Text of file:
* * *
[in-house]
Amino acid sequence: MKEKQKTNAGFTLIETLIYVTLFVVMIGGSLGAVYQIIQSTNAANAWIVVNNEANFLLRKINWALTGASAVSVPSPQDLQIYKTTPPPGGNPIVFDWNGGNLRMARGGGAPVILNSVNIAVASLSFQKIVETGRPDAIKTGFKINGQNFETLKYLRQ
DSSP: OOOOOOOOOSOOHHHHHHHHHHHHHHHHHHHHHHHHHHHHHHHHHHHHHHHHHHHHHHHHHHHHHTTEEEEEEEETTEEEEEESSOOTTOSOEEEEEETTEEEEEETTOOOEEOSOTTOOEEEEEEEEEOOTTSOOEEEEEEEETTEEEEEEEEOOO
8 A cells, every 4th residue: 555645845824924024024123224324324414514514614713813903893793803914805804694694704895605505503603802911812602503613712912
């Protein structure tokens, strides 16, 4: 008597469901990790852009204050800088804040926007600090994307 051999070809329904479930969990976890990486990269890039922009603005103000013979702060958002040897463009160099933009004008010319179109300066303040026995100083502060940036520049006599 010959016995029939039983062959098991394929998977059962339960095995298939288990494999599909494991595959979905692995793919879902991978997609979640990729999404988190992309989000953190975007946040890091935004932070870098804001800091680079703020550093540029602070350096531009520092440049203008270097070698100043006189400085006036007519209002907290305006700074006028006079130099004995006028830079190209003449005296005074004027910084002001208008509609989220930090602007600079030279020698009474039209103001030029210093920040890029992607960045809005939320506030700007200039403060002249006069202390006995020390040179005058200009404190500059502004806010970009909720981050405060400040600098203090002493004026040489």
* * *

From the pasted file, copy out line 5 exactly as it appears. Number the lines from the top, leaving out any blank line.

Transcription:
């Protein structure tokens, strides 16, 4: 008597469901990790852009204050800088804040926007600090994307 051999070809329904479930969990976890990486990269890039922009603005103000013979702060958002040897463009160099933009004008010319179109300066303040026995100083502060940036520049006599 010959016995029939039983062959098991394929998977059962339960095995298939288990494999599909494991595959979905692995793919879902991978997609979640990729999404988190992309989000953190975007946040890091935004932070870098804001800091680079703020550093540029602070350096531009520092440049203008270097070698100043006189400085006036007519209002907290305006700074006028006079130099004995006028830079190209003449005296005074004027910084002001208008509609989220930090602007600079030279020698009474039209103001030029210093920040890029992607960045809005939320506030700007200039403060002249006069202390006995020390040179005058200009404190500059502004806010970009909720981050405060400040600098203090002493004026040489």